Lightning strikes kill hundreds of people each year. Surprisingly, most people (even preppers!) have no clue how to survive during a plain old thunderstorm or how to treat a victim of a lightning strike. I put together a list of tips that will help you and your family members stay alive by avoiding a strike and by knowing how to treat a victim.
- Take cover before the lightning storm starts. This is the simplest, most common sense survival advice I have. Yet, most people are stupid enough to ignore it. If you see dark clouds, hear thunder or see lightning out in the distance, it is you clue to not be a moron and take cover. Monitor weather conditions, keep your eye and ear out for watches and warnings. Tents, lean-tos, sheds, gazebos or partially demolished buildings do not constitute a shelter. Lightning can get inside and basically, “find you.”
- If you are caught outside in a vehicle, roll up the windows and stay in the vehicle. Vehicles with retractable fabric roofs are not considered safe. If you are on foot and there is no shelter in sight, find a low spot to take shelter. Make sure it is away from trees, tree trunks and tall objects. Pipes, metal fences and other metal structures. If you feel your skin tingle and your hair standing straight up, you are likely going to be hit by lightning. At this point, you have seconds to get in position.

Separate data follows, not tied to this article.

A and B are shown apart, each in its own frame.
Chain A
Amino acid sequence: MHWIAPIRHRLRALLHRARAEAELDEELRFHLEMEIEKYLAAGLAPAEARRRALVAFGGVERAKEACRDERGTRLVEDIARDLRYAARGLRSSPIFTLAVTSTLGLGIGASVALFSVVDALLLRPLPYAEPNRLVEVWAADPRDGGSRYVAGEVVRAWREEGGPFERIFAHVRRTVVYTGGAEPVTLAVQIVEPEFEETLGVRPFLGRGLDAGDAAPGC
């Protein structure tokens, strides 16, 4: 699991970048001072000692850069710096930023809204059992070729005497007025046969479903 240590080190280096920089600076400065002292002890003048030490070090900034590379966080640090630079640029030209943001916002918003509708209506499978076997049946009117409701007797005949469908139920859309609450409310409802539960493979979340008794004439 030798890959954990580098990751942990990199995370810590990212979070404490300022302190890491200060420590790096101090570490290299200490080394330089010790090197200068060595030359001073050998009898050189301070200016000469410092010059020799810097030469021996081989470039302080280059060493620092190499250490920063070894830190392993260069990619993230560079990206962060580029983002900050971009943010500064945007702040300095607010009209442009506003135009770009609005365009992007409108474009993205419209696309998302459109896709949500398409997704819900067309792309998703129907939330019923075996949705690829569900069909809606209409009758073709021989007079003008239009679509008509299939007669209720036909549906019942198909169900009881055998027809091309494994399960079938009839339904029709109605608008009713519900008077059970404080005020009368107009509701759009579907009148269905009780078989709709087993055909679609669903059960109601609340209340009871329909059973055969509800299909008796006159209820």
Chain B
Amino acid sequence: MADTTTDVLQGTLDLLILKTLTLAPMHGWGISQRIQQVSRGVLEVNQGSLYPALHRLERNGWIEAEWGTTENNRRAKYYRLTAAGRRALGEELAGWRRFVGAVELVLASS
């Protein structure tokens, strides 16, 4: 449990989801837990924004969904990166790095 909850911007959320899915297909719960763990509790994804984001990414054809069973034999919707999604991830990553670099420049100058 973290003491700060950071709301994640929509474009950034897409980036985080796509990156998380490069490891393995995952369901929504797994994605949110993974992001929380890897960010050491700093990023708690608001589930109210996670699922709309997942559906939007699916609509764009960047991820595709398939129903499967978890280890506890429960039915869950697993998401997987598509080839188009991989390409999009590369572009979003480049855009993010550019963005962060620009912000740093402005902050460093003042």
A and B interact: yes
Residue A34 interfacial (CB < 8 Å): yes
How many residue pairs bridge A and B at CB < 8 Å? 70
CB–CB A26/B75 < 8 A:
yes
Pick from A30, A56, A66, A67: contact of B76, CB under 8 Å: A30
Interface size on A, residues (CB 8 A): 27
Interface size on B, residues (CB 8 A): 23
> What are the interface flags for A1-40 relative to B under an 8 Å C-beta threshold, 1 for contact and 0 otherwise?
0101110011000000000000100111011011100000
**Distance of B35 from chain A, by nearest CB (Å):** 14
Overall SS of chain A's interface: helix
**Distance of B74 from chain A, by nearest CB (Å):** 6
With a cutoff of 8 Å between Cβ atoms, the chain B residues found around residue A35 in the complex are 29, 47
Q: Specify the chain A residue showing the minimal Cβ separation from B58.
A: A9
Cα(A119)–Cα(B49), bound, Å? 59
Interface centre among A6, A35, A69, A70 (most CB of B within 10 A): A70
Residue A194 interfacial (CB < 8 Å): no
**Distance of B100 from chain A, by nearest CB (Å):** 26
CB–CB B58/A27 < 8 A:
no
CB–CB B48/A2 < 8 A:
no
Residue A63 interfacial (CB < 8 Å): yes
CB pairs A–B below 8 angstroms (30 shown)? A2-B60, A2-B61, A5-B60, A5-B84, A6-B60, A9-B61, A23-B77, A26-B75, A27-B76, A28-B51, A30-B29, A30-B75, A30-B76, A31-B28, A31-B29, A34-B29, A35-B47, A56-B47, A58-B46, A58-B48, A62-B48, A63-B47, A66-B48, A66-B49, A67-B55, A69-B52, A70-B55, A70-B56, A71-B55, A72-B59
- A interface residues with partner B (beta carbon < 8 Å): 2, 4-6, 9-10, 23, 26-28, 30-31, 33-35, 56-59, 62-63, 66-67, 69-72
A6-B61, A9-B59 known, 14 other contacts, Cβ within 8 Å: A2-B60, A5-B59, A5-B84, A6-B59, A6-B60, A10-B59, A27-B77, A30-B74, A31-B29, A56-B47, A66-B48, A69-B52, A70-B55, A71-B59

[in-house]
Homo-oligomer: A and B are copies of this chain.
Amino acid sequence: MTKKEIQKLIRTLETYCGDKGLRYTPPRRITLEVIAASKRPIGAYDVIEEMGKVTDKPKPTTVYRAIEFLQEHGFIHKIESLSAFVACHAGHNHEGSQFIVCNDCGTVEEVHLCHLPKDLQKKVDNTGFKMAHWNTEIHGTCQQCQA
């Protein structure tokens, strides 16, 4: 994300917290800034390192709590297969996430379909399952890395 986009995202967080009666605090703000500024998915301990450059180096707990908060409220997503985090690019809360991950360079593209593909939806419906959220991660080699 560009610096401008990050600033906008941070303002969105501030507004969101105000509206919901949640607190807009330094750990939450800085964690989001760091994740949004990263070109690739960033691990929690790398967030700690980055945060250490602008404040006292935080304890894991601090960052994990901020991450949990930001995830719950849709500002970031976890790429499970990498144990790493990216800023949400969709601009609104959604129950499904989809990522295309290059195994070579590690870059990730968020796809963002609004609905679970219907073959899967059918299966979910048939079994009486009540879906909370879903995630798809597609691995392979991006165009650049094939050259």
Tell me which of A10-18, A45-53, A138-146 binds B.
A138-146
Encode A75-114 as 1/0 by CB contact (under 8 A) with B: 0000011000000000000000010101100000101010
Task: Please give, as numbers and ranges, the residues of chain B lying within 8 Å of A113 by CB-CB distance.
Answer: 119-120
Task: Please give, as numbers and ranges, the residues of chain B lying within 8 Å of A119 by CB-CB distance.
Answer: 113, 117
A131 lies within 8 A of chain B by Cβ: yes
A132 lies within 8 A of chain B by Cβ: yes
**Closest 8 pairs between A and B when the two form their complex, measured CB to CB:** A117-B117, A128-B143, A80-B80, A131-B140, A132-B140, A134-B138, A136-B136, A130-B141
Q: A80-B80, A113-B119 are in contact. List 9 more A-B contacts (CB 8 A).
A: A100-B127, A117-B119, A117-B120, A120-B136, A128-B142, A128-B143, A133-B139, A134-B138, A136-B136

- Do not lie down on the ground
- Quickly put your feet close together
- Crouch down on the balls of your feet, getting as low as possible
- Put your hands on your knees and put your head on your hands, covering your ears
- Close your eyes
- Do not put your hands or knees on the ground
Closing your eyes will protect them from the bright flashes and covering your ears will prevent the damage from the loud thunder.
- If you have a special hiking backpack (the kind with metal rod inserts), get rid of it s soon as you detect a lightning storm and take shelter at least 100 feet away from it.
- If someone in your family or group is struck by lightning they are likely in cardiac arrest. Call 911, Check the person and begin CPR. Timely CPR dramatically increases survival chances in lightning strike victims. Please remember, the victim’s body does not retain any charge and there is absolutely no danger to you in touching him or her. If CPR doesn’t work, use an AED device (hopefully, you have one in your medical bag.)
- If there is a persistent lightning around you, wait until it is safe to help the victim before you leave your shelter.
- Once you resuscitate and stabilize the victim, examine and treat for other injuries, such a burns and wounds. Interestingly, lightning strike victims may also suffer fractures.
Practice lightning survival skills! Give the lightning safety position a try.
To your survival,